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J Cereb Blood Flow Metab. 1998 May;18(5):570-9.

Cerebral ischemia after bilateral carotid artery occlusion and intraluminal suture occlusion in mice: evaluation of the patency of the posterior communicating artery.

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First Department of Internal Medicine, Osaka University Medical School, Suita, Japan.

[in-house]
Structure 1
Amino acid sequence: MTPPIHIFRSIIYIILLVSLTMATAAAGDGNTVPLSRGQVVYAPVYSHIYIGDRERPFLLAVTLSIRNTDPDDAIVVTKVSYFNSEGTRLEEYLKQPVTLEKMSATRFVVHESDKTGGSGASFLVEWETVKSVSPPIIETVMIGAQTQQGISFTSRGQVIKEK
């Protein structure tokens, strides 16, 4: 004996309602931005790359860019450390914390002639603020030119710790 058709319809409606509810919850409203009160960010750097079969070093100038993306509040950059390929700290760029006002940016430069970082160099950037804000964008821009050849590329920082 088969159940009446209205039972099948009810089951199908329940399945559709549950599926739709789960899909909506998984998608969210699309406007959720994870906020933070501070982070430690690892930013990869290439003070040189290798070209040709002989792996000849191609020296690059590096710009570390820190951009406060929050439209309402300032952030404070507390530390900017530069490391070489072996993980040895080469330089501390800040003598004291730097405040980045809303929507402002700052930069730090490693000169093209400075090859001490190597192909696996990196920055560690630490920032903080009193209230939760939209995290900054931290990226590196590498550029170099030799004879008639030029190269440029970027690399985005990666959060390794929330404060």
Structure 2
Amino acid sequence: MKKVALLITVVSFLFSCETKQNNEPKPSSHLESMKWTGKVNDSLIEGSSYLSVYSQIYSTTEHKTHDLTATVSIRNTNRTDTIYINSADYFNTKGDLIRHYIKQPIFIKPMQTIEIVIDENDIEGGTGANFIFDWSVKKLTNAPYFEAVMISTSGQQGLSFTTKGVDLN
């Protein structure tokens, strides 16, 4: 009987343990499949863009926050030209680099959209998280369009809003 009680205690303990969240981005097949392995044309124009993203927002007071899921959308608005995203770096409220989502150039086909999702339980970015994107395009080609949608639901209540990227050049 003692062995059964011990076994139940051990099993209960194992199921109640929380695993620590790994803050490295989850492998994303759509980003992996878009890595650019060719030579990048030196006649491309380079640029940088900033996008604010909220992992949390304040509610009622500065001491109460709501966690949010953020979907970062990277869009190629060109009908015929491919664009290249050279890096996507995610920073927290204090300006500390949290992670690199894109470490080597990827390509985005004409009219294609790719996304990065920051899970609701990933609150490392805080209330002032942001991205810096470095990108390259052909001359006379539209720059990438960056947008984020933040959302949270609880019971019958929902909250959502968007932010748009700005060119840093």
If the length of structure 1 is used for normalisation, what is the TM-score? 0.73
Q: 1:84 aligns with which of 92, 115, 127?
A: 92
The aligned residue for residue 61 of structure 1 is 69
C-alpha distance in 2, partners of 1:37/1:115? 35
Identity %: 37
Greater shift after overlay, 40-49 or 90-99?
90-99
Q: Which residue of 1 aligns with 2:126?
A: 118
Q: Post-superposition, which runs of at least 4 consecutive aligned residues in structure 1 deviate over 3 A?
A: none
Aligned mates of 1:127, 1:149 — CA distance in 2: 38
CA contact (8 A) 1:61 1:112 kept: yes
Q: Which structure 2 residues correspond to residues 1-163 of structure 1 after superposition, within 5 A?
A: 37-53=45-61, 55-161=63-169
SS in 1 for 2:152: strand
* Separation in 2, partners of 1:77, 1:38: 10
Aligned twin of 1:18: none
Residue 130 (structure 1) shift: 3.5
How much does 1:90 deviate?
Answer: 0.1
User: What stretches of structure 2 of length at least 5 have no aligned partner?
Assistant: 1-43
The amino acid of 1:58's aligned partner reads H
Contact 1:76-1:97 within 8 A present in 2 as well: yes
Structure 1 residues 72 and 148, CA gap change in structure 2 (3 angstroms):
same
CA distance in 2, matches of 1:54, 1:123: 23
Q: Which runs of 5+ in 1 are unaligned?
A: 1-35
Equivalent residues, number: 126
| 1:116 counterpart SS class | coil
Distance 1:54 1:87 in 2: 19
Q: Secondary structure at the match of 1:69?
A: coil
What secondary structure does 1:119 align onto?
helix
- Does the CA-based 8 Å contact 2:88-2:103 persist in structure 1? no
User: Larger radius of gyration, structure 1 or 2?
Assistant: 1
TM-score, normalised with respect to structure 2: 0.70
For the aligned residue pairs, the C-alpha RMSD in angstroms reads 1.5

Cerebral ischemia models using mice have drawn increasing attention, particularly because of the availability of transgenic animals. However, the variability of intracranial vasculature at the circle of Willis in mice can influence the degree of ischemia in both the bilateral common carotid artery (CCA) occlusion and intraluminal suture occlusion models. We have developed a method to predict the extent of the anastomosis between carotid and vertebrobasilar circulation in three mouse strains (C57BL/6, CBA, and DBA/2) by measuring cortical microperfusion with laser Doppler flowmetry during a 1-minute occlusion of both CCA. When animals showed residual cortical microperfusion of less than 12% during bilateral CCA occlusion, the mice showed absence of functional anastomosis, developed ATP depletion in the frontal cortex during occlusion, and had ischemic neuronal death in the hippocampus and caudoputamen after occlusion for 15 minutes and recirculation for 7 days. Furthermore, those mice exhibited decreased local cerebral blood flow and associated ischemic neuronal death in the hippocampus, within the territory supplied by the posterior cerebral artery, with the intraluminal suture occlusion model. The current study demonstrates the need for assessment of intracranial vasculature in each animal by measuring cortical microperfusion during temporary occlusion of both CCA, no matter whether cerebral ischemia is produced by bilateral CCA occlusion or intraluminal suture occlusion in transgenic mice.

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